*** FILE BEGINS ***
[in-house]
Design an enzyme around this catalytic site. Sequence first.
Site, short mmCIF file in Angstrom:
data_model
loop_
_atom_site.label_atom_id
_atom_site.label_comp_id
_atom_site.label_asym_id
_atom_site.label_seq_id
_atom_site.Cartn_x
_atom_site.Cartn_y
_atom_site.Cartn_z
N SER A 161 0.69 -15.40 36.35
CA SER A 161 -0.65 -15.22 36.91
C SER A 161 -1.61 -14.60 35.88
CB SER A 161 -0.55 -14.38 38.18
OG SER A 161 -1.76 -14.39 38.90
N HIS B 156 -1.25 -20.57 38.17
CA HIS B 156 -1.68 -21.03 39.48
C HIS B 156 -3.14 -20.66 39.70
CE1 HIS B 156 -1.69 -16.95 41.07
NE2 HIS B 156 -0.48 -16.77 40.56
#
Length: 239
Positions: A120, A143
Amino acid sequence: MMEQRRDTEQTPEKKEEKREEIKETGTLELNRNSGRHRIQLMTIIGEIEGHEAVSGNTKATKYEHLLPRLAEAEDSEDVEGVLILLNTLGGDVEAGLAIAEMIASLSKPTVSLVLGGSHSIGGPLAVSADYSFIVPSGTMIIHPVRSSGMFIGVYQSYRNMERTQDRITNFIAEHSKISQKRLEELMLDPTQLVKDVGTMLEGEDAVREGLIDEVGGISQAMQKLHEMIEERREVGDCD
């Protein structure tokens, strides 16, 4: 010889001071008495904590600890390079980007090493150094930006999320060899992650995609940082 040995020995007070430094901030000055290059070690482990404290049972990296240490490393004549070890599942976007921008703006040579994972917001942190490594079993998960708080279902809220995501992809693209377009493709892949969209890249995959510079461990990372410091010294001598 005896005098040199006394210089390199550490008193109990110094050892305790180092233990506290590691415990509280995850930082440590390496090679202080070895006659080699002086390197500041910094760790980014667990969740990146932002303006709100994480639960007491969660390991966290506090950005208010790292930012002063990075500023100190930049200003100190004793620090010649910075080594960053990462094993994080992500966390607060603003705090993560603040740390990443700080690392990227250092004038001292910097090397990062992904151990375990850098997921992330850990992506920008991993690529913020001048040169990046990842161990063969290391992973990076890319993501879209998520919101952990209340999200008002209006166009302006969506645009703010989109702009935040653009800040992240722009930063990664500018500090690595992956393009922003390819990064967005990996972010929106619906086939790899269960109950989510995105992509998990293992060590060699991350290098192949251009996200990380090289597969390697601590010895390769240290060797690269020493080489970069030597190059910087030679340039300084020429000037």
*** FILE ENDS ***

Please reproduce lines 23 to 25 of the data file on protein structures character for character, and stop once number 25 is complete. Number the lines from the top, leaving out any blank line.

#
Length: 239
Positions: A120, A143